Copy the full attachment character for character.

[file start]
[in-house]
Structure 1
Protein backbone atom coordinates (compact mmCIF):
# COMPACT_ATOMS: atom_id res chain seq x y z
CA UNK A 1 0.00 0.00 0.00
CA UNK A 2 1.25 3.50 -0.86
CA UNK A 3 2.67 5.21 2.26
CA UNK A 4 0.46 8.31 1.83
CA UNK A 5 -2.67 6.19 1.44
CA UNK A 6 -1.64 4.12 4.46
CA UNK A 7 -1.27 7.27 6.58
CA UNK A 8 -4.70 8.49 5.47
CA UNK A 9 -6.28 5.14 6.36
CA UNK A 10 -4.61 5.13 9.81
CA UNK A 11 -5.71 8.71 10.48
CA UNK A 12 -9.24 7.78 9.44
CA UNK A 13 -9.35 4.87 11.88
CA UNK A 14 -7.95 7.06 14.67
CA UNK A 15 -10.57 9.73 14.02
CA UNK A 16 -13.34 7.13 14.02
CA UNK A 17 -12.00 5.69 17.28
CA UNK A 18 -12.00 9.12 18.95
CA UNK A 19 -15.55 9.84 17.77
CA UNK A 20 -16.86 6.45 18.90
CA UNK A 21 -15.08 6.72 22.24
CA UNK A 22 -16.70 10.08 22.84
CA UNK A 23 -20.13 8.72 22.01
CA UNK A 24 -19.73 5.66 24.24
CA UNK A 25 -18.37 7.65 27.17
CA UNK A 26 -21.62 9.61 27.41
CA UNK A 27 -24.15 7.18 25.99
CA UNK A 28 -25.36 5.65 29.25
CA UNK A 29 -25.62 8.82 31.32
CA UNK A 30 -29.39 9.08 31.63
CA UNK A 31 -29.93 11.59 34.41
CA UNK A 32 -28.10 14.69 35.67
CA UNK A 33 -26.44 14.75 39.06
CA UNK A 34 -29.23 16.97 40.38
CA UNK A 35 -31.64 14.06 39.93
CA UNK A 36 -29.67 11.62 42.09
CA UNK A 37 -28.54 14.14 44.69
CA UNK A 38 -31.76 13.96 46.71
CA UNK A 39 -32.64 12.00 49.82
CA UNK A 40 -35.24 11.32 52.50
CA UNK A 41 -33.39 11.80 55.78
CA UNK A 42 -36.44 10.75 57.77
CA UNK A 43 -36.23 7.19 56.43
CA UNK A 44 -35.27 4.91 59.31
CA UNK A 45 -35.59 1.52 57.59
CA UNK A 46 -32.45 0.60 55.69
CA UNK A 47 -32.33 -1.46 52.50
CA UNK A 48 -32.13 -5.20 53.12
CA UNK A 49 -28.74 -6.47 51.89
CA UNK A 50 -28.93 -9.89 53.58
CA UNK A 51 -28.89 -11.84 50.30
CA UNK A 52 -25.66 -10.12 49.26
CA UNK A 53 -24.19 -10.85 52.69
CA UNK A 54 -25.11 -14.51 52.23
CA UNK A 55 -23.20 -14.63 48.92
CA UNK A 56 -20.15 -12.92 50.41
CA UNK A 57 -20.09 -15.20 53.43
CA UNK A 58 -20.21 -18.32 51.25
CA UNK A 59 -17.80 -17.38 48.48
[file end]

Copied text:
[in-house]
Structure 1
Protein backbone atom coordinates (compact mmCIF):
# COMPACT_ATOMS: atom_id res chain seq x y z
CA UNK A 1 0.00 0.00 0.00
CA UNK A 2 1.25 3.50 -0.86
CA UNK A 3 2.67 5.21 2.26
CA UNK A 4 0.46 8.31 1.83
CA UNK A 5 -2.67 6.19 1.44
CA UNK A 6 -1.64 4.12 4.46
CA UNK A 7 -1.27 7.27 6.58
CA UNK A 8 -4.70 8.49 5.47
CA UNK A 9 -6.28 5.14 6.36
CA UNK A 10 -4.61 5.13 9.81
CA UNK A 11 -5.71 8.71 10.48
CA UNK A 12 -9.24 7.78 9.44
CA UNK A 13 -9.35 4.87 11.88
CA UNK A 14 -7.95 7.06 14.67
CA UNK A 15 -10.57 9.73 14.02
CA UNK A 16 -13.34 7.13 14.02
CA UNK A 17 -12.00 5.69 17.28
CA UNK A 18 -12.00 9.12 18.95
CA UNK A 19 -15.55 9.84 17.77
CA UNK A 20 -16.86 6.45 18.90
CA UNK A 21 -15.08 6.72 22.24
CA UNK A 22 -16.70 10.08 22.84
CA UNK A 23 -20.13 8.72 22.01
CA UNK A 24 -19.73 5.66 24.24
CA UNK A 25 -18.37 7.65 27.17
CA UNK A 26 -21.62 9.61 27.41
CA UNK A 27 -24.15 7.18 25.99
CA UNK A 28 -25.36 5.65 29.25
CA UNK A 29 -25.62 8.82 31.32
CA UNK A 30 -29.39 9.08 31.63
CA UNK A 31 -29.93 11.59 34.41
CA UNK A 32 -28.10 14.69 35.67
CA UNK A 33 -26.44 14.75 39.06
CA UNK A 34 -29.23 16.97 40.38
CA UNK A 35 -31.64 14.06 39.93
CA UNK A 36 -29.67 11.62 42.09
CA UNK A 37 -28.54 14.14 44.69
CA UNK A 38 -31.76 13.96 46.71
CA UNK A 39 -32.64 12.00 49.82
CA UNK A 40 -35.24 11.32 52.50
CA UNK A 41 -33.39 11.80 55.78
CA UNK A 42 -36.44 10.75 57.77
CA UNK A 43 -36.23 7.19 56.43
CA UNK A 44 -35.27 4.91 59.31
CA UNK A 45 -35.59 1.52 57.59
CA UNK A 46 -32.45 0.60 55.69
CA UNK A 47 -32.33 -1.46 52.50
CA UNK A 48 -32.13 -5.20 53.12
CA UNK A 49 -28.74 -6.47 51.89
CA UNK A 50 -28.93 -9.89 53.58
CA UNK A 51 -28.89 -11.84 50.30
CA UNK A 52 -25.66 -10.12 49.26
CA UNK A 53 -24.19 -10.85 52.69
CA UNK A 54 -25.11 -14.51 52.23
CA UNK A 55 -23.20 -14.63 48.92
CA UNK A 56 -20.15 -12.92 50.41
CA UNK A 57 -20.09 -15.20 53.43
CA UNK A 58 -20.21 -18.32 51.25
CA UNK A 59 -17.80 -17.38 48.48